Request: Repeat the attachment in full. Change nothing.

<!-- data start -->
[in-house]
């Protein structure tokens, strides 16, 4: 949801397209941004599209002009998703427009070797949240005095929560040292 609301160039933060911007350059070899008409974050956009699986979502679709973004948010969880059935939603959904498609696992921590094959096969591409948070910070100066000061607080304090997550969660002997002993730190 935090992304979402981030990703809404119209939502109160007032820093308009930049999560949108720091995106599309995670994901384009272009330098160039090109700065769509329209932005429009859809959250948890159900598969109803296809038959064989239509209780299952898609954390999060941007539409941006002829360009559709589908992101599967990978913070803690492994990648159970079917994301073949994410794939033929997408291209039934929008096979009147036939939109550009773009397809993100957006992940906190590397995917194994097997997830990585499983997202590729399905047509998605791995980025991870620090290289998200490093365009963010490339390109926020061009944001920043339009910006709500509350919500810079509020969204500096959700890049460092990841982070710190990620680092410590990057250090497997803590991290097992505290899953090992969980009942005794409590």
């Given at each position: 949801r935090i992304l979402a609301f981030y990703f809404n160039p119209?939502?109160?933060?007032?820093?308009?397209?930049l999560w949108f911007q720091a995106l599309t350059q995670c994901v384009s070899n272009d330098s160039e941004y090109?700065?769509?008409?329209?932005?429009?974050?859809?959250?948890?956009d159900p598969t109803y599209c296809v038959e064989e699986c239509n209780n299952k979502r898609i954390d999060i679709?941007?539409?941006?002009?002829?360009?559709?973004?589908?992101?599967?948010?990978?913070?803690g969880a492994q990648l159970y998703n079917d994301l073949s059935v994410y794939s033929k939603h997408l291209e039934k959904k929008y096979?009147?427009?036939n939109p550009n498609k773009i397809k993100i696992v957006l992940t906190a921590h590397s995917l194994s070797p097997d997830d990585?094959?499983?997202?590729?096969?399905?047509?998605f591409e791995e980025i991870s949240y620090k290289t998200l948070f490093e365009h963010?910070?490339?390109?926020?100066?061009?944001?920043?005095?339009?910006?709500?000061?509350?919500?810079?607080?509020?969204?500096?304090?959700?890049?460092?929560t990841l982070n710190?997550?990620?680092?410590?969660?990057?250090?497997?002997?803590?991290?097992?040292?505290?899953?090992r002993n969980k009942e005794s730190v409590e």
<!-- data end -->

[in-house]
């Protein structure tokens, strides 16, 4: 949801397209941004599209002009998703427009070797949240005095929560040292 609301160039933060911007350059070899008409974050956009699986979502679709973004948010969880059935939603959904498609696992921590094959096969591409948070910070100066000061607080304090997550969660002997002993730190 935090992304979402981030990703809404119209939502109160007032820093308009930049999560949108720091995106599309995670994901384009272009330098160039090109700065769509329209932005429009859809959250948890159900598969109803296809038959064989239509209780299952898609954390999060941007539409941006002829360009559709589908992101599967990978913070803690492994990648159970079917994301073949994410794939033929997408291209039934929008096979009147036939939109550009773009397809993100957006992940906190590397995917194994097997997830990585499983997202590729399905047509998605791995980025991870620090290289998200490093365009963010490339390109926020061009944001920043339009910006709500509350919500810079509020969204500096959700890049460092990841982070710190990620680092410590990057250090497997803590991290097992505290899953090992969980009942005794409590």
């Given at each position: 949801r935090i992304l979402a609301f981030y990703f809404n160039p119209?939502?109160?933060?007032?820093?308009?397209?930049l999560w949108f911007q720091a995106l599309t350059q995670c994901v384009s070899n272009d330098s160039e941004y090109?700065?769509?008409?329209?932005?429009?974050?859809?959250?948890?956009d159900p598969t109803y599209c296809v038959e064989e699986c239509n209780n299952k979502r898609i954390d999060i679709?941007?539409?941006?002009?002829?360009?559709?973004?589908?992101?599967?948010?990978?913070?803690g969880a492994q990648l159970y998703n079917d994301l073949s059935v994410y794939s033929k939603h997408l291209e039934k959904k929008y096979?009147?427009?036939n939109p550009n498609k773009i397809k993100i696992v957006l992940t906190a921590h590397s995917l194994s070797p097997d997830d990585?094959?499983?997202?590729?096969?399905?047509?998605f591409e791995e980025i991870s949240y620090k290289t998200l948070f490093e365009h963010?910070?490339?390109?926020?100066?061009?944001?920043?005095?339009?910006?709500?000061?509350?919500?810079?607080?509020?969204?500096?304090?959700?890049?460092?929560t990841l982070n710190?997550?990620?680092?410590?969660?990057?250090?497997?002997?803590?991290?097992?040292?505290?899953?090992r002993n969980k009942e005794s730190v409590e």